Meditations on Meditations (4:3)

People look for retreats for themselves, in the country, by the coast, or in the hills. But this is altogether un-philosophical, when it is possible for you to retreat into yourself at any time you want. There is nowhere that a person can find a more peaceful and trouble-free retreat than in his own mind, especially if he has within himself the kind of thoughts that let him dip into them and so at once gain complete ease of mind; and by ease of mind, I mean nothing but having one’s own mind in good order. So constantly give yourself this retreat and renew yourself. You should have to hand concise and fundamental principles, which will be enough, as soon as you encounter them, to cleanse you from all distress and send you back without resentment at the activities to which you return.
– Marcus Aurelius, Meditations, 4.3

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Meditations on Meditations (6:27)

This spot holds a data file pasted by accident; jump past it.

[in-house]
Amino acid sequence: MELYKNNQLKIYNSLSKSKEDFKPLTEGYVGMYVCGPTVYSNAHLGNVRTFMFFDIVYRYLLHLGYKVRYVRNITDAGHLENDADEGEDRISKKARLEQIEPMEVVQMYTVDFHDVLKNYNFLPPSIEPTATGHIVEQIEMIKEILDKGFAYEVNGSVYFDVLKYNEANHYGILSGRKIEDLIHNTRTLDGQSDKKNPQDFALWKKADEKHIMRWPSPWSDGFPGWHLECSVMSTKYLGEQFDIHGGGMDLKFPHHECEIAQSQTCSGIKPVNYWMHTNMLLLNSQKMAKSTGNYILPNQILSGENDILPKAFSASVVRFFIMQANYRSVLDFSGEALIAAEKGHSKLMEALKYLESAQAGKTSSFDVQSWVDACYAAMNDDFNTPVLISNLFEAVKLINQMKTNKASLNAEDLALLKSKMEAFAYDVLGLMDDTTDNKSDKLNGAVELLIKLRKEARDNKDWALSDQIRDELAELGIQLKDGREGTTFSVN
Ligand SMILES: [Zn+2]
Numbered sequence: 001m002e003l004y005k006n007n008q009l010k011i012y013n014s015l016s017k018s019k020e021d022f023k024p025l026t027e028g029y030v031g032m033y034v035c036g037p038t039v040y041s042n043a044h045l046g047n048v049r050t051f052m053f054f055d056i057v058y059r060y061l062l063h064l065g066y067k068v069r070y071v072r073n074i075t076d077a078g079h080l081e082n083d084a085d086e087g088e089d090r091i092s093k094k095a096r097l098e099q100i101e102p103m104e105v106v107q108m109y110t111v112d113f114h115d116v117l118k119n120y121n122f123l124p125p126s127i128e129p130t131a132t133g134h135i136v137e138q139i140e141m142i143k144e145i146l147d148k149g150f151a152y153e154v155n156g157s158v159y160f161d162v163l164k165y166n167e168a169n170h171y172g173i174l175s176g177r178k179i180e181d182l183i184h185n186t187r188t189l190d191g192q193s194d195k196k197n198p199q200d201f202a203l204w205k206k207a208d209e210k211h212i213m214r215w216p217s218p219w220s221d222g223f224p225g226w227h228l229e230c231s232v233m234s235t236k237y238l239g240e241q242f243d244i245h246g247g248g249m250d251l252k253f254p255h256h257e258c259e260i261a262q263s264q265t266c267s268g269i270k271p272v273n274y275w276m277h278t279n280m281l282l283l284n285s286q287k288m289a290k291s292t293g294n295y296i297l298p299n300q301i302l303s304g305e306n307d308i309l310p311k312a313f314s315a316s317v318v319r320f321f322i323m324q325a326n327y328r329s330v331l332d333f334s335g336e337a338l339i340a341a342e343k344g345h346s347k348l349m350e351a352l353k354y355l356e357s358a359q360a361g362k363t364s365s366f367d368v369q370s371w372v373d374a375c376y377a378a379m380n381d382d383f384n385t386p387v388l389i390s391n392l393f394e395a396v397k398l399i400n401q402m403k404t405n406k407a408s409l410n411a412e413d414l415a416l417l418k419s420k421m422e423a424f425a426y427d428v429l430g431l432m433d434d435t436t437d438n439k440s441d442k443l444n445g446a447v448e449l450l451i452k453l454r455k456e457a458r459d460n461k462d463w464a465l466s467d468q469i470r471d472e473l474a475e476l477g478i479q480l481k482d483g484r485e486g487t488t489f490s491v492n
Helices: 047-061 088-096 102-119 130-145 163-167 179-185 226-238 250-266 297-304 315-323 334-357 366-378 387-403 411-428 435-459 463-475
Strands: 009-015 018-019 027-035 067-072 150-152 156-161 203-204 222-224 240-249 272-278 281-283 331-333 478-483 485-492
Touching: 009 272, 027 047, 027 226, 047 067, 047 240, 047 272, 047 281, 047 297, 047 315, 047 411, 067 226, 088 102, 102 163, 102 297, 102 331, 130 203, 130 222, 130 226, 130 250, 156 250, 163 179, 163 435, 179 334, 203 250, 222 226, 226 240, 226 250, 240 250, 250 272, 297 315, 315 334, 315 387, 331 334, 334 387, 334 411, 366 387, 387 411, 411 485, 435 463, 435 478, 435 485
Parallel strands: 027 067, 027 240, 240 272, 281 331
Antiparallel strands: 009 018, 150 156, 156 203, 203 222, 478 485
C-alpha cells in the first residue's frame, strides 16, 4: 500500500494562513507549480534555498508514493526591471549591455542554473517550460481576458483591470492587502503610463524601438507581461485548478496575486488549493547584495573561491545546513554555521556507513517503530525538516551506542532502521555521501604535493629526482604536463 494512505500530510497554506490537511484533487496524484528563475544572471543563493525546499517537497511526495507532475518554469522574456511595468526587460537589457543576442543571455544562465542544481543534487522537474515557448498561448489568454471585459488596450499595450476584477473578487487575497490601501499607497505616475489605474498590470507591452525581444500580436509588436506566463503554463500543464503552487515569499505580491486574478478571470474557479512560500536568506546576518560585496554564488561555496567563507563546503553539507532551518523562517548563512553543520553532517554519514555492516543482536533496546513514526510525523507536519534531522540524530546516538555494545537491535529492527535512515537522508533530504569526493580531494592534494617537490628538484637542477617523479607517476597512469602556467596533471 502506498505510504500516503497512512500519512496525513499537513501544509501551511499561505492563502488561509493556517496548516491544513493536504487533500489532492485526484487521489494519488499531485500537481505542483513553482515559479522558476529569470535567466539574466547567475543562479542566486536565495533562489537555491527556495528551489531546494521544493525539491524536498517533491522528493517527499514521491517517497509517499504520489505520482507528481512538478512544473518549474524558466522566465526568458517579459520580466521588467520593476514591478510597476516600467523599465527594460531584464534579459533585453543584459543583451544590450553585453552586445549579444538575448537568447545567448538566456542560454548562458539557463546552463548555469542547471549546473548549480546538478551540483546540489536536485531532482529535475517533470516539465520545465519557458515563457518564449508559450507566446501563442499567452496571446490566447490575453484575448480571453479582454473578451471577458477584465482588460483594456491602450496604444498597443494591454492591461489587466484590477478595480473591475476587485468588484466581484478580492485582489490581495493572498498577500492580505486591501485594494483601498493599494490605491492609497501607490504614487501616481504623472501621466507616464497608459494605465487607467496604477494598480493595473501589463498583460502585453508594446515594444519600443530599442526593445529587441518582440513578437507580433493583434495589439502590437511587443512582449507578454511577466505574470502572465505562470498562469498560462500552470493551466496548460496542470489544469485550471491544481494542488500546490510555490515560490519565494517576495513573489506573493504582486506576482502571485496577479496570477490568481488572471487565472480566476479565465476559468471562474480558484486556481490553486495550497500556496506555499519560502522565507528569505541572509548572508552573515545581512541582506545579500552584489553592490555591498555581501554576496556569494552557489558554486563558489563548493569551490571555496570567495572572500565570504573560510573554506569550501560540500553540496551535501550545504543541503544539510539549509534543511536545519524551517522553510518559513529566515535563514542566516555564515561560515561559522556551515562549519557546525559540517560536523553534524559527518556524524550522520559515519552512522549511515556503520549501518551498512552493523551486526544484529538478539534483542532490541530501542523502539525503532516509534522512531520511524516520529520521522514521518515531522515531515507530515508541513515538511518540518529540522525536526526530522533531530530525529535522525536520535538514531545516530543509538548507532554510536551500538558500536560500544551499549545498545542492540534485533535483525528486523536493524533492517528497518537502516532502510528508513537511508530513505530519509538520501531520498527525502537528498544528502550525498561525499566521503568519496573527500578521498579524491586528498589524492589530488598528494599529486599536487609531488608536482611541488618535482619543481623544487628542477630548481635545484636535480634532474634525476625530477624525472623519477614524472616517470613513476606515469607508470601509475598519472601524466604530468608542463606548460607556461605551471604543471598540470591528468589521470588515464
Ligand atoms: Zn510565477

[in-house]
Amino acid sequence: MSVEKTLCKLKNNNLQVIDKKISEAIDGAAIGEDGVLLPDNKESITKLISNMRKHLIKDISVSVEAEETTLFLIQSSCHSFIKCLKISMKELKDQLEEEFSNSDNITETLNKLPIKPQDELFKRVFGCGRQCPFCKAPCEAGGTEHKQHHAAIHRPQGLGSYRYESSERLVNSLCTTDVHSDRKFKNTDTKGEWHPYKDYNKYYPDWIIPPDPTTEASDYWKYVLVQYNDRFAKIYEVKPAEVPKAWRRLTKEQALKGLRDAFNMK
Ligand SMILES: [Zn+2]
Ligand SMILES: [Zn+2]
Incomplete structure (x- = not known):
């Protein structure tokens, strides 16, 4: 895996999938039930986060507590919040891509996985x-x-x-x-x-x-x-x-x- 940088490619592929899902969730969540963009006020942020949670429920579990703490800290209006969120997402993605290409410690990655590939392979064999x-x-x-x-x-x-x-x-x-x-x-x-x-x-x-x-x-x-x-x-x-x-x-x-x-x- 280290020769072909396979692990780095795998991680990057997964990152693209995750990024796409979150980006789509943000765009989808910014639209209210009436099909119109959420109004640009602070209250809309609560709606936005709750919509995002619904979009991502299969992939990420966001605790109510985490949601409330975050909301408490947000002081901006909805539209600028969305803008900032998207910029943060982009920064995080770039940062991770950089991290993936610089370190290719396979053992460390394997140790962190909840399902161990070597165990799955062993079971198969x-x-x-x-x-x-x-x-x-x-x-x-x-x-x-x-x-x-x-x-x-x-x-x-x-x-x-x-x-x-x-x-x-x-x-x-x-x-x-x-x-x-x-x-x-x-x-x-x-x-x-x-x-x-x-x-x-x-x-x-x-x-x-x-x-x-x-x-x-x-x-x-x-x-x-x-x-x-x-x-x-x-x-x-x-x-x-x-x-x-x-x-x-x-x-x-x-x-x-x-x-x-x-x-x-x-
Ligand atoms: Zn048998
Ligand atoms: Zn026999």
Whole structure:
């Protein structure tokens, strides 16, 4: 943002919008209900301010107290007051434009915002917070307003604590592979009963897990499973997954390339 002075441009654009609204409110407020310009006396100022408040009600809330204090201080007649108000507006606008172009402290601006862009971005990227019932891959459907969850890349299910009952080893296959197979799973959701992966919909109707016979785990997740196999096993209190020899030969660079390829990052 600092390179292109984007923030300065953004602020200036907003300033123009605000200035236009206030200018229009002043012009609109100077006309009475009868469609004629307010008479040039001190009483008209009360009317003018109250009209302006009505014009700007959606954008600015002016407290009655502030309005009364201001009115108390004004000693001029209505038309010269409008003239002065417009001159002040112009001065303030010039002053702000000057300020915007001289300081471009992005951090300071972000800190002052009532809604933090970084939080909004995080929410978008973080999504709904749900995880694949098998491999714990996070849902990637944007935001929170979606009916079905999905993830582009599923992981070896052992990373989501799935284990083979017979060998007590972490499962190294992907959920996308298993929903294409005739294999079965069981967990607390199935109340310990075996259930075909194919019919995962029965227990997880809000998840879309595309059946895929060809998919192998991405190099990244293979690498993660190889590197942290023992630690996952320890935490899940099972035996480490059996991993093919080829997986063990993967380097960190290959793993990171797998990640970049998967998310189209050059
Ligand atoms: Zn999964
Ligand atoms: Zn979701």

“How barbarous, to deny men the privilege of pursuing what they imagine to be their proper concerns and interests!

Yet, in a sense, this is just what you are doing when you allow your indignation to rise at their wrongdoing; for after all, they are only following their own apparent concerns and interests.

You say they are mistaken? Why then, tell them so, and explain it to them, instead of being indignant.”

Marcus Aurelius, Meditations 6:27

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Stoicism and The Word of God

I’ve always been somewhat in awe of Christianity: two millennia of earnest study on the nature of being and how to live the good life – all based on one book. And there is plenty of good in the Good Book. Like Mark Twain said:

[The Bible] is full of interest. It has noble poetry in it; and some clever fables; and some blood-drenched history; and some good morals; and a wealth of obscenity; and upwards of a thousand lies.

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